The 17th-Century German Former Minister Whose Illustrations Graced America’s Best-Known Haggadah

Aware that Ashkenazi custom forbids the consumption of legumes on Passover, Maxwell House decided in 1932 to publish and distribute haggadot for the holiday—aiming to reassure Jews that coffee beans were not beans by either rabbinic or botanical standards. Henry Abramson tells the remarkable story of the artist behind the images reproduced in the early editions of this now-famous bilingual guide to the seder.

The . . . illustrations were taken from the classic Amsterdam Haggadah of 1695, the work of an unusual former German minister and convert to Judaism who took the name Abraham bar Jacob.

Only a few tantalizing details of bar Jacob’s life are preserved. Born in 1669, most likely in the Rhineland region of Germany, he moved at the age of twenty-six to liberal Amsterdam, where he studied Judaism and became a convert.

Bar Jacob’s illustrations were technically superior to the Venetian illustrations that were popular at the end of the 17th century. Freshly drawn on copper plate, they captured so much detail and emotion that they were reprinted in dozens of editions of haggadah over the next four centuries. . . .

While his artistic originality is demonstrated in complex images that detail biblical scenes such as the rescue of baby Moses from the Nile or the adult Moses striking the cruel Egyptian taskmaster, bar Jacob also had an ability to recognize powerful imagery elsewhere and incorporate it into the Jewish narrative. By modern standards, this would be considered plagiarism (or at least “sampling”), but it was standard fare in printing at the turn of the 18th century.

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Read more at Jewish Star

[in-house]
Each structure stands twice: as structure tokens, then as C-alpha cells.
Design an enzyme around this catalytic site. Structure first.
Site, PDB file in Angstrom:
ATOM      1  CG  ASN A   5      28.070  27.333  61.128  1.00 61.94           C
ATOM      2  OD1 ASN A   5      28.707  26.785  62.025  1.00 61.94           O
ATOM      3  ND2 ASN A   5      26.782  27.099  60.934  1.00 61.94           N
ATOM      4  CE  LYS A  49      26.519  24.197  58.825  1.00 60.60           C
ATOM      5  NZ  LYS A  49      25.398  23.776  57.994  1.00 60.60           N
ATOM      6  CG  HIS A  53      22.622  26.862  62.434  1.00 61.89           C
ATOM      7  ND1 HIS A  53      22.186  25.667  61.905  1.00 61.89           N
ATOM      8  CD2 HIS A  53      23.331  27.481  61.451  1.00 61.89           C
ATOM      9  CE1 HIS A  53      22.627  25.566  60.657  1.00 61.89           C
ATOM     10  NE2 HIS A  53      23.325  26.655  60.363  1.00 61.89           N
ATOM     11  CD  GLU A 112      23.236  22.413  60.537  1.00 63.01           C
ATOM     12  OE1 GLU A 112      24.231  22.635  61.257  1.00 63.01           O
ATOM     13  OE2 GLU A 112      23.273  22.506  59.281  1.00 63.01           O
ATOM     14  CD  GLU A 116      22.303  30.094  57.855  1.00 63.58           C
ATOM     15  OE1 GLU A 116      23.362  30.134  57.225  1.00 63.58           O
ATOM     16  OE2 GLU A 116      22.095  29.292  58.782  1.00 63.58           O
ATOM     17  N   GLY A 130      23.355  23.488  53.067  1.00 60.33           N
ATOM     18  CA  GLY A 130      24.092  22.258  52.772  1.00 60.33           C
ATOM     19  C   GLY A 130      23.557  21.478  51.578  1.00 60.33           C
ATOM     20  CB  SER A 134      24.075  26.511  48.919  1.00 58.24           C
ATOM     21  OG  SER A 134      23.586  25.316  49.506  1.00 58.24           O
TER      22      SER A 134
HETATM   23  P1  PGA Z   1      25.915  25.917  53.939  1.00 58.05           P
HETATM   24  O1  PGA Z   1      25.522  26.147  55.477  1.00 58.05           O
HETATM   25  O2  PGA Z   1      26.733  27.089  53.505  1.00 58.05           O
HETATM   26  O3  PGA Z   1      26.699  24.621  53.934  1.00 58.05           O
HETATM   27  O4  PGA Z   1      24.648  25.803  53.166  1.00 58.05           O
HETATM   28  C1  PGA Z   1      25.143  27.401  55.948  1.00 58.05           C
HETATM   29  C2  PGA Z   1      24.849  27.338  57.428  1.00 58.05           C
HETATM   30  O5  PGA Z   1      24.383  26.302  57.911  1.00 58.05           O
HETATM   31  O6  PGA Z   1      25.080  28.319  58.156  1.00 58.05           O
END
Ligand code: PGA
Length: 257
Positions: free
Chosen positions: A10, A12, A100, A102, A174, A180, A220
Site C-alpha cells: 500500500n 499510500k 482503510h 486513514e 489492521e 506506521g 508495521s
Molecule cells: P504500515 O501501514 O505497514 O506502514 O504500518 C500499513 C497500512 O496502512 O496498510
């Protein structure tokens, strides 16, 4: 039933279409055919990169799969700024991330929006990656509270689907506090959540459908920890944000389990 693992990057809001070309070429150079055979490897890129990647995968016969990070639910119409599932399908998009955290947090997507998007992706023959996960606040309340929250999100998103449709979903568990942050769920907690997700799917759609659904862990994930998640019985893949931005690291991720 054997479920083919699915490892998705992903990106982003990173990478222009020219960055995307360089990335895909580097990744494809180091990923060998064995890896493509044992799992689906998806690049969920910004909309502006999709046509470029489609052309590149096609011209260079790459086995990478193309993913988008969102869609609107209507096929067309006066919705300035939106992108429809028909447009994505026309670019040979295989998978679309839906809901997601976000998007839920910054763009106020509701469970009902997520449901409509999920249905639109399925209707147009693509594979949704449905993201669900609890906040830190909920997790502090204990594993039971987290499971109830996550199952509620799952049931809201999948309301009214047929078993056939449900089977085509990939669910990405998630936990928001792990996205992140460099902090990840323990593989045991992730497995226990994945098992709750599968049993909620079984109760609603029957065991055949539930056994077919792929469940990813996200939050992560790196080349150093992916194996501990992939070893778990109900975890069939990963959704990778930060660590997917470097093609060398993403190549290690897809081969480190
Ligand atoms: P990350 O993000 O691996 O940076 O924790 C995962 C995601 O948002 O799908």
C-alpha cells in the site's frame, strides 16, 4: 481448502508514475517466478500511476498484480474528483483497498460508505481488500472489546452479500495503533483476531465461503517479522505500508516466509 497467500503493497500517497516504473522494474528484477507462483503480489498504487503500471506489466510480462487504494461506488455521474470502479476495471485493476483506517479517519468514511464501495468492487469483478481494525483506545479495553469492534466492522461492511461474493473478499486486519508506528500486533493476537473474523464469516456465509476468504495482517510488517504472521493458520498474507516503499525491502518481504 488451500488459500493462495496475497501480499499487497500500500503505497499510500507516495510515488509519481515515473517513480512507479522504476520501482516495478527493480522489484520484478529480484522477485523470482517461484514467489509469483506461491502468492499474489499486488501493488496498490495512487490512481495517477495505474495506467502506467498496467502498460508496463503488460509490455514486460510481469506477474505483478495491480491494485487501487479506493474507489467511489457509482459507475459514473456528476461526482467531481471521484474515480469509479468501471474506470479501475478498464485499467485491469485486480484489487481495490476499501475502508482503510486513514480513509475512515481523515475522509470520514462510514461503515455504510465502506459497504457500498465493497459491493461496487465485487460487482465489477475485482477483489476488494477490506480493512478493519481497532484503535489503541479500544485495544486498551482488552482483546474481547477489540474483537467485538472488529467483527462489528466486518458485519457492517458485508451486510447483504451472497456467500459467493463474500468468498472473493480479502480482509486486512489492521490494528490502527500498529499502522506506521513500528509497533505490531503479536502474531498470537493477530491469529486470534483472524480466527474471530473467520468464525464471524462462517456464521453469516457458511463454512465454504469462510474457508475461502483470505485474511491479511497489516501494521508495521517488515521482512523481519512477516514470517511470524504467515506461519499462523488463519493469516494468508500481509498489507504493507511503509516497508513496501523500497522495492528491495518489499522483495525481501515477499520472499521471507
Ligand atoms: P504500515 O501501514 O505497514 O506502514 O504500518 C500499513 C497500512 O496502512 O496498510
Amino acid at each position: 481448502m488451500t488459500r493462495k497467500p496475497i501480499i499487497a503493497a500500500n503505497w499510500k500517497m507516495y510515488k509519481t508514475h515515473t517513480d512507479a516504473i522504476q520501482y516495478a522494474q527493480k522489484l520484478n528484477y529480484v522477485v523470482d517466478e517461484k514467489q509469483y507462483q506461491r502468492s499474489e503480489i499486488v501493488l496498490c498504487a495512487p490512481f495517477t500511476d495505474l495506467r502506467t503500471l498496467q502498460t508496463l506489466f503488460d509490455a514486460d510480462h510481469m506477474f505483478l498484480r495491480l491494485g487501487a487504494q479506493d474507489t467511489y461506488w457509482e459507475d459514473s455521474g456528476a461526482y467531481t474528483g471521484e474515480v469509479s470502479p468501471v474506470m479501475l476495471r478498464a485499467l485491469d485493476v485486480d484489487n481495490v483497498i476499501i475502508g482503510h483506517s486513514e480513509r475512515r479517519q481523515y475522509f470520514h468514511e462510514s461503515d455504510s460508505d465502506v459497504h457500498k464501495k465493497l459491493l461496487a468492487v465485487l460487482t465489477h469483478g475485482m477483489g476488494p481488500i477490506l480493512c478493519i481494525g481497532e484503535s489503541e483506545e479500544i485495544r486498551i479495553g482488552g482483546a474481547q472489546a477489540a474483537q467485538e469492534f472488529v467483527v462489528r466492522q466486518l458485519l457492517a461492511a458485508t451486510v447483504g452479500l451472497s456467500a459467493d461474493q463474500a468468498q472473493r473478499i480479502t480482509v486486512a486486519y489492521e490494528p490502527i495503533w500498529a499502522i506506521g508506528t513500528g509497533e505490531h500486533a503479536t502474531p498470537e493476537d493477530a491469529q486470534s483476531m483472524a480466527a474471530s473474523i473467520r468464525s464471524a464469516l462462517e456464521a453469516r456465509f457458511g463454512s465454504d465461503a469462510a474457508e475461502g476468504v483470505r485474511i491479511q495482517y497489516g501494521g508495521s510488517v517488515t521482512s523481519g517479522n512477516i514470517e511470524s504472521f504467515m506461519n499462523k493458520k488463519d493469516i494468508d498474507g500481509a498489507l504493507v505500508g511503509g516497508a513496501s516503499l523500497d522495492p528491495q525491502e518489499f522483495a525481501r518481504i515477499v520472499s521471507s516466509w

More about: American Jewish History, Conversion, Haggadah, Jewish art

Is the Attempt on Salman Rushdie’s Life Part of a Broader Iranian Strategy?

Aug. 18 2022

While there is not yet any definitive evidence that Hadi Matar, the man who repeatedly stabbed the novelist Salman Rushdie at a public talk last week, was acting on direct orders from Iranian authorities, he has made clear that he was inspired by Ayatollah Ruhollah Khomeini’s call for Rushdie’s murder, and his social-media accounts express admiration for the Islamic Republic. The attack also follows on the heels of other Iranian attempts on the lives of Americans, including the dissident activist Masih Alinejad, the former national security advisor John Bolton, and the former secretary of state Mike Pompeo. Kylie Moore-Gilbert, who was held hostage by the mullahs for over two years, sees a deliberate effort at play:

It is no coincidence this flurry of Iranian activity comes at a crucial moment for the hitherto-moribund [nuclear] negotiations. Iranian hardliners have long opposed reviving the 2015 deal, and the Iranians have made a series of unrealistic and seemingly ever-shifting demands which has led many to conclude that they are not negotiating in good faith. Among these is requiring the U.S. to delist the Islamic Revolutionary Guard Corps in its entirety from the State Department’s list of terror organizations.

The Biden administration and its European partners’ willingness to make concessions are viewed in Tehran as signals of weakness. The lack of a firm response in the shocking attack on Salman Rushdie will similarly indicate to Tehran that there is little to be lost and much to be gained in pursuing dissidents like Alinejad or so-called blasphemers like Sir Salman on U.S. soil.

If we don’t stand up for our values when under attack we can hardly blame our adversaries for assuming that we have none. Likewise, if we don’t erect and maintain firm red lines in negotiations our adversaries will perhaps also assume that we have none.

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Read more at iNews

More about: Iran, Terrorism, U.S. Foreign policy